4. Type in Name, 'jack-client'.2
  5. Click Admin.
  6. Click Create Client.
  7. Copy the key from the paragraph labeled, "Please copy and save..." to the clipboard.
  8. Open an editor on the path /home/jack/dev/chef-repos/.chef/jack-client.pem and paste the contents of the clipboard.
  9. Ensure this PEM file is referenced from knife.rb.3
  10. In a shell open, probably on the path /home/jack/dev/chef-repos/, run knife:
        $ knife node list

1 See also Sophisticated development host for using Chef.
2 Note: I've had much grief trying to set up and consume a Client in the Chef web interface that is the same as my user (in this case, 'jack'). It seems to work when I use something else, like 'jack-client' here.
3 This is the knife.rb placed usually on a path like /home/jack/dev/chef-repos/.chef. The path to the PEM file is indicated by client_key in knife.rb as shown here.


This is the most brittle part of using Chef. You will almost always get:

~/dev/chef-repos/.chef $ knife node list
ERROR: Failed to authenticate to as app02 with key /home/jack/dev/chef-repos/.chef/jack.pem
Response:  Failed to authenticate. Ensure that your client key is valid.

This is due to

  1. The private key was miscopied, newlines introduced, etc.
  2. The name chosen for client was mysteriously unacceptable to Chef—likely coinciding with a username or other.
  3. Who knows?

Chef recipes

The recipe is fundament in Chef; it's what Chef is all about in terms of serving up accurately built nodes.

Chef recipes are authored in Ruby and define everything needed to configure an atomic part of a system. They can be pretty complex or very simple.

Chef recipes are stored in a cookbook. They may have interdependencies (as illustrated below). They're associated with roles. They're added to run lists that ensure order-dependence.

Important note

When you're just starting off, it appears for all the world as if documentation you read is calling what's actually a cookbook by the moniker, recipe. The relationship is this: under the cookbooks subdirectory are cookbooks. A cookbook might include only one recipe, e.g.: the Apache Tomcat cookbook has exactly one recipe on the path tomcat6/recipes/default.rb and all it does is install Tomcat 6. default.rb is the recipe file and it's called so because there's only one. If you wanted to use the cookbook to install different nodes and each node has to be a little different, such as MongoDB database nodes getting different configurations because each is a replica node, or running a configuration server, mongos, etc., then you vary the files under the recipes subdirectory accordingly—each being a different recipe within the MongoDB cookbook.

Managing (uploading, deleting and listing) recipes

You can get cookbooks with recipes that others (like the Opscode community) have written for common things on the web, such as for installing Tomcat 6, MongoDB, Aptitude, etc. and download (the entire contents, a directory structure of) them to your local host from which you intend to manage the Chef server and nodes. A real cookbook has a rather complex subdirectory structure. (Our "Hello World" cookbook consists only of a defaut recipe in default.rb.)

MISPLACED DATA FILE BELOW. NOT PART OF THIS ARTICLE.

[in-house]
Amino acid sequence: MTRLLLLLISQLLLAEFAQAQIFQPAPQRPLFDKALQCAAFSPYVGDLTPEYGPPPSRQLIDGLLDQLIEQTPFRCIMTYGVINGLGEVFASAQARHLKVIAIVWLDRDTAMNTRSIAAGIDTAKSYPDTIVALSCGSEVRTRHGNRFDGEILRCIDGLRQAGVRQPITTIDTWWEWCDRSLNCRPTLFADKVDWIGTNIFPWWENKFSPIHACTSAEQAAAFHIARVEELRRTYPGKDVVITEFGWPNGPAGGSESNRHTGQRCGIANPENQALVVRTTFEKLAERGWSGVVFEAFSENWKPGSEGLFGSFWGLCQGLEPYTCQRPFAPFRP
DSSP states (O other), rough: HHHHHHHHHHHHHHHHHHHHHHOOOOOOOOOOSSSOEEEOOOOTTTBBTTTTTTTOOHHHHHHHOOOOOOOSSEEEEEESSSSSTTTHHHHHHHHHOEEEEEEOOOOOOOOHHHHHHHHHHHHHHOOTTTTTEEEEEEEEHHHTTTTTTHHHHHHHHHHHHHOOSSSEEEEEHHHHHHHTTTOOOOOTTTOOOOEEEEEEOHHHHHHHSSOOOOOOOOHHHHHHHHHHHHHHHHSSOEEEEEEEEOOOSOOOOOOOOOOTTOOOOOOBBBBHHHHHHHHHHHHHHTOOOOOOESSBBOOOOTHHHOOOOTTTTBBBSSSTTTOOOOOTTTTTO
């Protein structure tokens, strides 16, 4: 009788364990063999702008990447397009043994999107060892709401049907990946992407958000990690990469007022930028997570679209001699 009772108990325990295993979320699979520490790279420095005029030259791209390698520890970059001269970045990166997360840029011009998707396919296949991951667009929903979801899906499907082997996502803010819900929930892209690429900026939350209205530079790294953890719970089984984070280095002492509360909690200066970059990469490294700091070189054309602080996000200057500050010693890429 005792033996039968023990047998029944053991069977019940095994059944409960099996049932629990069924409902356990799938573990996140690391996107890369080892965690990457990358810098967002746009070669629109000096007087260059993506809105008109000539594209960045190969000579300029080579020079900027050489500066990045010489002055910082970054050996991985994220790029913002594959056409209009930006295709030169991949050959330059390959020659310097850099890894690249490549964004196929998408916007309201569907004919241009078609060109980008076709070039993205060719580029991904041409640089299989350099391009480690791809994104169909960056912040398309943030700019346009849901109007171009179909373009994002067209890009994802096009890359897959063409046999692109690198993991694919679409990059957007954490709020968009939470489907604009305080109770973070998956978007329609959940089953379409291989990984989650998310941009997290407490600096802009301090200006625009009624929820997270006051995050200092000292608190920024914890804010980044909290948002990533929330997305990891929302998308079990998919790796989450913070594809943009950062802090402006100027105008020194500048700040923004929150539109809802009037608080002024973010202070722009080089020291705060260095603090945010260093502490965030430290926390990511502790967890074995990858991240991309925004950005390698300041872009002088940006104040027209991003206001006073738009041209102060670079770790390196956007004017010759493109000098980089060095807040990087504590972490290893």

~/dev/chef-repos $ tree -d cookbooks
    |— helloworld
    `— mongodb
        |— attributes
        |— definitions
        |— files
        |   `— default
        |— libraries
        |— recipes
        `— templates
            `— default

    13 directories

Once you have your cookbooks in this structure, you can "knife-up" cookbooks at will.

    ~/dev/chef-repos $ knife cookbook upload --all
    Uploading apt            [2.0.0]
    Uploading helloworld     [0.0.0]
    Uploading mongodb        [0.11.0]
    Uploaded all cookbooks.

As it turns out, the MongoDB recipes require Aptitude for installation and, therefore, depend on a second recipe for that, shown here, but not shown in the previous directory tree listing. If the recipes of a cookbok you're trying to upload depend on another, you'll get a slightly cryptic message such as:

    ~/dev/chef-repos $ knife cookbook upload mongodb
    Uploading mongodb        [0.11.0]
    ERROR: Chef::Exceptions::CookbookNotFoundInRepo: Cannot find a cookbook named apt; did you forget to add metadata\
           to a cookbook? (

Here, I deleted my "Hello World" recipe because I don't need it anymore. It is not, however, deleted from my cookbook subdirectory.

    ~/dev/chef-repos $ knife cookbook delete helloworld
    Which version(s) do you want to delete?
    1. helloworld 1.0.1
    2. helloworld 0.0.1
    3. helloworld 0.0.0
    4. All versions

    Deleted cookbook[helloworld][1.0.1]
    Deleted cookbook[helloworld][0.0.1]
    Deleted cookbook[helloworld][0.0.0]

So, any time I wish to restore the "Hello World" recipe, it's easy. (My copy didn't have version information and now there's only one version on the Chef server.)

    ~/dev/chef-repos $ knife cookbook upload helloworld